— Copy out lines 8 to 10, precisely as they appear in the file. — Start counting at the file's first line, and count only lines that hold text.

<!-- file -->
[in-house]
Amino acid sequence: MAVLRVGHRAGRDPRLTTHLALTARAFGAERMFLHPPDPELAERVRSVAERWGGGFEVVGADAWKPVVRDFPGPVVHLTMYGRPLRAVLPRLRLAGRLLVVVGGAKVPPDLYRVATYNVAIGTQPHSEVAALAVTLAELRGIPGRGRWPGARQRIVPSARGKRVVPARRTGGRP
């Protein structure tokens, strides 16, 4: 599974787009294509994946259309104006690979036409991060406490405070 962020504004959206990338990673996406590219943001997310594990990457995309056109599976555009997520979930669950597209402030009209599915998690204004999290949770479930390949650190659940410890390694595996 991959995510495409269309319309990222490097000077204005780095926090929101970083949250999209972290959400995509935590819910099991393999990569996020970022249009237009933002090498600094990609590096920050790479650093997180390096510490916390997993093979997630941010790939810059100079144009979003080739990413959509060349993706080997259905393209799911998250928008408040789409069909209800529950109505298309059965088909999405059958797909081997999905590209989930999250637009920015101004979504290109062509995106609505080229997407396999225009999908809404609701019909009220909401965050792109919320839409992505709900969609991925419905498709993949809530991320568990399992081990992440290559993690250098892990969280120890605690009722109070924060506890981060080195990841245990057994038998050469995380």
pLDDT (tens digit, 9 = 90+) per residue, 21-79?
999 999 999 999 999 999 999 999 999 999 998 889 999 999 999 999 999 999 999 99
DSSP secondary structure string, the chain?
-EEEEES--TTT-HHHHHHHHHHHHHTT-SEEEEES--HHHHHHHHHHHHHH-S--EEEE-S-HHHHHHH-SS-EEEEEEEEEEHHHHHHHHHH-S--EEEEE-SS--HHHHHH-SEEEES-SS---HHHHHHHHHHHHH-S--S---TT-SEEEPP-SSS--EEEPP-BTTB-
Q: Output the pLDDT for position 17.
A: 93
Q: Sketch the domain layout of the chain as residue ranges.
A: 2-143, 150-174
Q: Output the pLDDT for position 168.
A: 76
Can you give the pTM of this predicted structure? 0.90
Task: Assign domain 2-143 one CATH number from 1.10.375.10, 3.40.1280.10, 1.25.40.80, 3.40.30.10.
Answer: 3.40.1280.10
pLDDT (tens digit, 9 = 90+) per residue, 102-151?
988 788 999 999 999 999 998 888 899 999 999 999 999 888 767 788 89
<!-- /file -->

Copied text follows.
Q: Output the pLDDT for position 17.
A: 93
Q: Sketch the domain layout of the chain as residue ranges.